Government claims progress on abortion legislation
Draft Bill expected to be agreed before next Tuesday’s Cabinet meeting
Minister of State for Health Alex White: “We are progressing very well.”
There is growing confidence among the two Coalition parties that they can resolve deep differences on abortion legislation ahead of next Tuesday’s Cabinet meeting.
A number of Government figures with knowledge of the process said that at a meeting yesterday between the key Ministers involved in the process, good progress was made on the problematic issue of how a suicide threat can be accommodated in the draft Bill.
No further meetings have been scheduled but further work will now take place on refining the heads of the Protection of Maternal Life Bill. Several sources expressed confidence that the draft would be agreed before next Tuesday’s Cabinet meeting with at least one further meeting taking place.
The difficulties between Fine Gael and Labour have arisen over the nature of the assessment of a suicide threat.
While it is likely that neither party will disagree with a panel of three medical specialists – two psychiatrists and one obstetrician – making the initial assessment, there has been disagreement over the inclusion in drafts of the legislation of a second phase where a further three doctors certified the assessment of the panel.
“That is the space we are in at the moment. It will take a little time to consider proposals and changes,” said one source.
Minister of State for Health Alex White, who attended yesterday’s meeting, said there was a determination to agree to the heads of the Protection of Maternal Life Bill quickly.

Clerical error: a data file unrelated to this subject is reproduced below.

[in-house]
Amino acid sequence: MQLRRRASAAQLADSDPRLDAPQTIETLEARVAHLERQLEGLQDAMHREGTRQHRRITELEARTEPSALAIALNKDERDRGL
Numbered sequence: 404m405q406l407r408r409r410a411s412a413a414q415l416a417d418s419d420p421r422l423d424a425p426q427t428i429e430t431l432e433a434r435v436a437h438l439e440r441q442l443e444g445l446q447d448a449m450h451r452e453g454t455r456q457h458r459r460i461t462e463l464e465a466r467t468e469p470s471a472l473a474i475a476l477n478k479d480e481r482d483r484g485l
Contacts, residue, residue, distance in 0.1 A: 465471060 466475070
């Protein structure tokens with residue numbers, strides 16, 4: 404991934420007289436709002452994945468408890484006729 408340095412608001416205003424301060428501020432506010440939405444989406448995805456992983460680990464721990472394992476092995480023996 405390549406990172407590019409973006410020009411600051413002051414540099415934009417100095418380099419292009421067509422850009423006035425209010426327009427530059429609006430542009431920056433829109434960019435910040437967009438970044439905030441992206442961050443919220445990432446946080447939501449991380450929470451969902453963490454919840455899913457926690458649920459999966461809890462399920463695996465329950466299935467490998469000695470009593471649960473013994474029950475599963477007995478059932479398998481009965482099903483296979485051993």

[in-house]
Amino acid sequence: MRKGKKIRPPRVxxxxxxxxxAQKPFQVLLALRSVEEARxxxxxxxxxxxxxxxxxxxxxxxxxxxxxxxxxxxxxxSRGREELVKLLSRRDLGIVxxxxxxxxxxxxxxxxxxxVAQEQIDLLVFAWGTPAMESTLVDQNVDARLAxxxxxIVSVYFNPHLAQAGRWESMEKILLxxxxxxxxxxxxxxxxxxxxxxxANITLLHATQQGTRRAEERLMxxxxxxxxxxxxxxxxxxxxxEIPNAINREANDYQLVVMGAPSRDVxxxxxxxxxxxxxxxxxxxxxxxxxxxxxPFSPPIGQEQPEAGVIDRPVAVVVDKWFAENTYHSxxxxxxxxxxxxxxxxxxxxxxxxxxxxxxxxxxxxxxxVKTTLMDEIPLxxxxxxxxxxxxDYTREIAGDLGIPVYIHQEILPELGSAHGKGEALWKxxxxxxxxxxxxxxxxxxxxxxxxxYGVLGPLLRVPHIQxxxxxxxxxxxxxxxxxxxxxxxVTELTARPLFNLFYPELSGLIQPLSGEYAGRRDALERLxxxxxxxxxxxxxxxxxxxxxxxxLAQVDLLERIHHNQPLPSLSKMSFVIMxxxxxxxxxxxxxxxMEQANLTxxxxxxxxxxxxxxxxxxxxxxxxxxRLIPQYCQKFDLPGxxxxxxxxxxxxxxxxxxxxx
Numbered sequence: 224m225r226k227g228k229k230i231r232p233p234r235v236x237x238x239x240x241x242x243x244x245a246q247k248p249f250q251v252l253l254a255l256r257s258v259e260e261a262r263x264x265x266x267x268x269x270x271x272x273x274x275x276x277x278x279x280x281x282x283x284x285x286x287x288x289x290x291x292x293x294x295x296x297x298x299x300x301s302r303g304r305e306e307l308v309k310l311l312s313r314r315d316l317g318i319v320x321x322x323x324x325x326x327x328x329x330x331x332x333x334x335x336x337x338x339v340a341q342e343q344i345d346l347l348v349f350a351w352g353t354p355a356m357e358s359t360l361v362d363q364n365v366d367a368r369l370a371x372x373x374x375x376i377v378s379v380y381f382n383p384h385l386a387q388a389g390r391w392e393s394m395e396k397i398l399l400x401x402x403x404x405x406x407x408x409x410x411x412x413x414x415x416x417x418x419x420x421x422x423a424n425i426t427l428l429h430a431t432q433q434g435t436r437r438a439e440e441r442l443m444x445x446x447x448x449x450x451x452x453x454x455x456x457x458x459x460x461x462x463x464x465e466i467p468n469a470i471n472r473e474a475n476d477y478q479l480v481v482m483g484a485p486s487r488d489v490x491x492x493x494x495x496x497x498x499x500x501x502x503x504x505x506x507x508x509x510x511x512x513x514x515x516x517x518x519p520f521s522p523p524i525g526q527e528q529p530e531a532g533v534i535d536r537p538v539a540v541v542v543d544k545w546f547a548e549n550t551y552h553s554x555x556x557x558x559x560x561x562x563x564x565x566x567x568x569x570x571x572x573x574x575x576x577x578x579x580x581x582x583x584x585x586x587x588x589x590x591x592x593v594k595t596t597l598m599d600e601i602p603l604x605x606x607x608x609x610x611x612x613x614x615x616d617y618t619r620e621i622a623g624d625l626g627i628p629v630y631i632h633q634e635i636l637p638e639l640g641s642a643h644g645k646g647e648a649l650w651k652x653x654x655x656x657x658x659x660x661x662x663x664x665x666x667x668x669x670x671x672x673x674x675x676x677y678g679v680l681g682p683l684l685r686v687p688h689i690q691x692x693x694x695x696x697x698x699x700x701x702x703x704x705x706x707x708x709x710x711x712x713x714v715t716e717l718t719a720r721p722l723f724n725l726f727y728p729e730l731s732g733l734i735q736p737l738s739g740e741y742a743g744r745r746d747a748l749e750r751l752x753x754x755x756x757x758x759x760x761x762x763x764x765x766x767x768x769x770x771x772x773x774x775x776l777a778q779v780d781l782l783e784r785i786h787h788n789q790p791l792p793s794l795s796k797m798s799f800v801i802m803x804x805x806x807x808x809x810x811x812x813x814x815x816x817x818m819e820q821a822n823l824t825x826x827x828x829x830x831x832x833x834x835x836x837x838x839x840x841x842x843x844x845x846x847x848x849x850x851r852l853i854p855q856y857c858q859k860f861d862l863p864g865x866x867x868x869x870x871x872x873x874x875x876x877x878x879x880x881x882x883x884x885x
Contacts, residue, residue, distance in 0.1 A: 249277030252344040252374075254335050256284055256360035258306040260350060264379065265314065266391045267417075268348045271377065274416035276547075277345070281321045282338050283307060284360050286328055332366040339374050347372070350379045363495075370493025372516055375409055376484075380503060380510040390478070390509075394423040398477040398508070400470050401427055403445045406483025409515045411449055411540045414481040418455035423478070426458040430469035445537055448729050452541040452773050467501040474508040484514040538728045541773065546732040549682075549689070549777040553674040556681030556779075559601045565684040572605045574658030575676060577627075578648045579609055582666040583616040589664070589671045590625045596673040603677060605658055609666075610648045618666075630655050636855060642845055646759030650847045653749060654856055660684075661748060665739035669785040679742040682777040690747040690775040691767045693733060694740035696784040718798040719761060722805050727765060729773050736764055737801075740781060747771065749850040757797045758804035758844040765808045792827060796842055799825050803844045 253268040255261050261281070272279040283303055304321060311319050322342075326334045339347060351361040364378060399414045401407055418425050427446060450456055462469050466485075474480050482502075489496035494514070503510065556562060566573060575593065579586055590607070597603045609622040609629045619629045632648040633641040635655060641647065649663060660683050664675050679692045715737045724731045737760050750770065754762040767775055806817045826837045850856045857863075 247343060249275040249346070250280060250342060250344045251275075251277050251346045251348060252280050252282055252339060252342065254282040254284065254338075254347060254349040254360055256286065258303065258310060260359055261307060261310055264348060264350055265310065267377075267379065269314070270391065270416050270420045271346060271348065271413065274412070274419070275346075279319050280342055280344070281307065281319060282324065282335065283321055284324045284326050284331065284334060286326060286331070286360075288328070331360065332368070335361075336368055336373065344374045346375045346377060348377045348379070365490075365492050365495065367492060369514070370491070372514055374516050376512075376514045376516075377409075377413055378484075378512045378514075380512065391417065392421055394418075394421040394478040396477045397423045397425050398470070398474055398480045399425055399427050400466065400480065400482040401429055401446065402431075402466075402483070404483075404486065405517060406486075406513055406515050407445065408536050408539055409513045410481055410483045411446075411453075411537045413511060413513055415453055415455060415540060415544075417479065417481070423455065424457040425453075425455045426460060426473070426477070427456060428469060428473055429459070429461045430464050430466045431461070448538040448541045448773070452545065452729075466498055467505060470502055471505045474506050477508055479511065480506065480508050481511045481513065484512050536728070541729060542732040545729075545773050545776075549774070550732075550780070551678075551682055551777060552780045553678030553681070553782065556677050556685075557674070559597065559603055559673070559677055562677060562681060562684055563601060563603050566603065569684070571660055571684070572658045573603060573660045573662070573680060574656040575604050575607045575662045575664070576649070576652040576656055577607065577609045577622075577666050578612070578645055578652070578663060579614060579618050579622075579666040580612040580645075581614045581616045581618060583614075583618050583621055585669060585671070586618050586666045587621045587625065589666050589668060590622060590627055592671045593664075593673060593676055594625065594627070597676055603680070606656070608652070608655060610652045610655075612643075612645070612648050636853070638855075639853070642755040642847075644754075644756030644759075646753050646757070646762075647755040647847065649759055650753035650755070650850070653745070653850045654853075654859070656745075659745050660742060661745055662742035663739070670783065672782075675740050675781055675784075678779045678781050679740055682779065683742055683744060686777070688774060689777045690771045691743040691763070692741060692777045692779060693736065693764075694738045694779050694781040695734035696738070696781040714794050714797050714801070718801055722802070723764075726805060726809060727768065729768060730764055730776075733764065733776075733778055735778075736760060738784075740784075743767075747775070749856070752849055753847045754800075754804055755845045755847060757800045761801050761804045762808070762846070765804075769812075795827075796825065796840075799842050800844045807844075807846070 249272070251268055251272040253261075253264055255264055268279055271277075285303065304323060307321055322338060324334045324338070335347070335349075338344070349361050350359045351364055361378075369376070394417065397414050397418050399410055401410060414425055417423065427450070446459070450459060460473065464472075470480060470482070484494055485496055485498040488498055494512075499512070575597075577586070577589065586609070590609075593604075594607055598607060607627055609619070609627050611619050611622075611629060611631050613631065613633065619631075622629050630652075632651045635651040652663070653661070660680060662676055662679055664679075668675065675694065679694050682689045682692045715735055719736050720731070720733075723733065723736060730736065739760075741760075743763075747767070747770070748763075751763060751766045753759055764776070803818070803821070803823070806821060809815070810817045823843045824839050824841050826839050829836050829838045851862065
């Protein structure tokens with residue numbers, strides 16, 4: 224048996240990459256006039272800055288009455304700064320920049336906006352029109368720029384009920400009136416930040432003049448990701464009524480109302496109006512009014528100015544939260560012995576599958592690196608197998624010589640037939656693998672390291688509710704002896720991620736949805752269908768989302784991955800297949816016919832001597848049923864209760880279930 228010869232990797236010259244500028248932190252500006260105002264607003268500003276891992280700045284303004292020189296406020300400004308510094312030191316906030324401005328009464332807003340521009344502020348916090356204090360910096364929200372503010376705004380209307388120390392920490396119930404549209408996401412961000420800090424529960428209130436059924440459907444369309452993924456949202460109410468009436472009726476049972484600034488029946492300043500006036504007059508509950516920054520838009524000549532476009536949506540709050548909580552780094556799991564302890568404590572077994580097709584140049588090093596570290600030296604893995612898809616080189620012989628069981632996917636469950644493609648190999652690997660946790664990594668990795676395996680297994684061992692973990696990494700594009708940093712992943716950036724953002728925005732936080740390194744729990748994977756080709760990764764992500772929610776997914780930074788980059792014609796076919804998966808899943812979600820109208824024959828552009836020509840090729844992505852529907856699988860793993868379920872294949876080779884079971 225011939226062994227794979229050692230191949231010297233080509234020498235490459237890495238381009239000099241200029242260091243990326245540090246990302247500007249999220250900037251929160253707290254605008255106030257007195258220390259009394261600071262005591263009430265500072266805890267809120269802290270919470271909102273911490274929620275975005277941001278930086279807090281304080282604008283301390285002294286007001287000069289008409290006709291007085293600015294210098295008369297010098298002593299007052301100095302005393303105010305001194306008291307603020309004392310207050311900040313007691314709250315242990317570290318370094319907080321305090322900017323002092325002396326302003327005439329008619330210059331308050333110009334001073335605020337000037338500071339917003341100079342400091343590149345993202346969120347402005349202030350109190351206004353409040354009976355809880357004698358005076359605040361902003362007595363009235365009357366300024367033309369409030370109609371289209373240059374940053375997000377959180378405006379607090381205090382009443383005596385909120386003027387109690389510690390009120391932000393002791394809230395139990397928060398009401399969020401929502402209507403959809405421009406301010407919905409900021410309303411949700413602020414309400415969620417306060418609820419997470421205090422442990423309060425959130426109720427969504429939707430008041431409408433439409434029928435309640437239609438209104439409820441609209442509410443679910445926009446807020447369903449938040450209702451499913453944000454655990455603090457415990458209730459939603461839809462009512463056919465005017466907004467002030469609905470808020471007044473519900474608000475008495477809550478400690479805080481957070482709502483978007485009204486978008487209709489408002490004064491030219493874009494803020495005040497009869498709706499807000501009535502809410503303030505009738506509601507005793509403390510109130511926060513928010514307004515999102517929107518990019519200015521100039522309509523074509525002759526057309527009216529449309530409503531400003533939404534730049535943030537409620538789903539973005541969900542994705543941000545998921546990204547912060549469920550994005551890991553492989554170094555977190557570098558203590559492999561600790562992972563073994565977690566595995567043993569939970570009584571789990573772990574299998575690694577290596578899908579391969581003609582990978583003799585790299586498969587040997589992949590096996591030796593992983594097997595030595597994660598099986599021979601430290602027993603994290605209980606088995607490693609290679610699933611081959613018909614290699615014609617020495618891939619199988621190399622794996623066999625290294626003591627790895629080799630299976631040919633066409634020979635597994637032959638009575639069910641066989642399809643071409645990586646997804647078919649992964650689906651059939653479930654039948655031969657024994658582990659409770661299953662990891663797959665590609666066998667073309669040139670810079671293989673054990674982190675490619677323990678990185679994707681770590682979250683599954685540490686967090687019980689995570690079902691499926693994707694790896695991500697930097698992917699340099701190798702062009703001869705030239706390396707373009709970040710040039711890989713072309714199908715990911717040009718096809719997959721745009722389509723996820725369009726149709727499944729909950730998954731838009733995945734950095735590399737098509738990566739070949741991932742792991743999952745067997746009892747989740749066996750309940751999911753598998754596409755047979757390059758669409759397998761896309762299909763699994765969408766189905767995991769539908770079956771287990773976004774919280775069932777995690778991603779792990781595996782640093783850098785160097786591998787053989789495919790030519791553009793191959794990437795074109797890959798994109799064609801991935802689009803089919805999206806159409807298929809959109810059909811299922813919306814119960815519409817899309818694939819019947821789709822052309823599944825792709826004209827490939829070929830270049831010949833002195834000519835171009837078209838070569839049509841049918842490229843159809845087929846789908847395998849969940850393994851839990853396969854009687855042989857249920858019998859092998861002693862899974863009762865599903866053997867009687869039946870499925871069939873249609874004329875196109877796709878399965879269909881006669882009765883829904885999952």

Mr White said the legislation would still leave a “very restrictive regime” in Ireland with regard to abortion.
“We want to put in safeguards but we don’t want to put in any excessive or inordinate obstacle to the exercise of the woman to what is a constitutional right.
“So we are doing that. We are progressing very well. We have had very good discussions, very collegiate discussions with colleagues in both parties and we are making good progress.
Speaking in Dublin yesterday at a conference on “What We Owe Christianity” organised by the Iona Institute, former Fianna Fáil minister Dr Martin Mansergh said where the abortion debate was concerned, he felt “suicide is a complete side issue”.
He said the focus should be on preventing tragedies such as occurred in Galway recently, “by legislation or regulation”.
He noted that where this and other socio-moral issues were concerned, “the unused Article 27 of the Constitution allows for Bills to be directly submitted to the people in referendum.”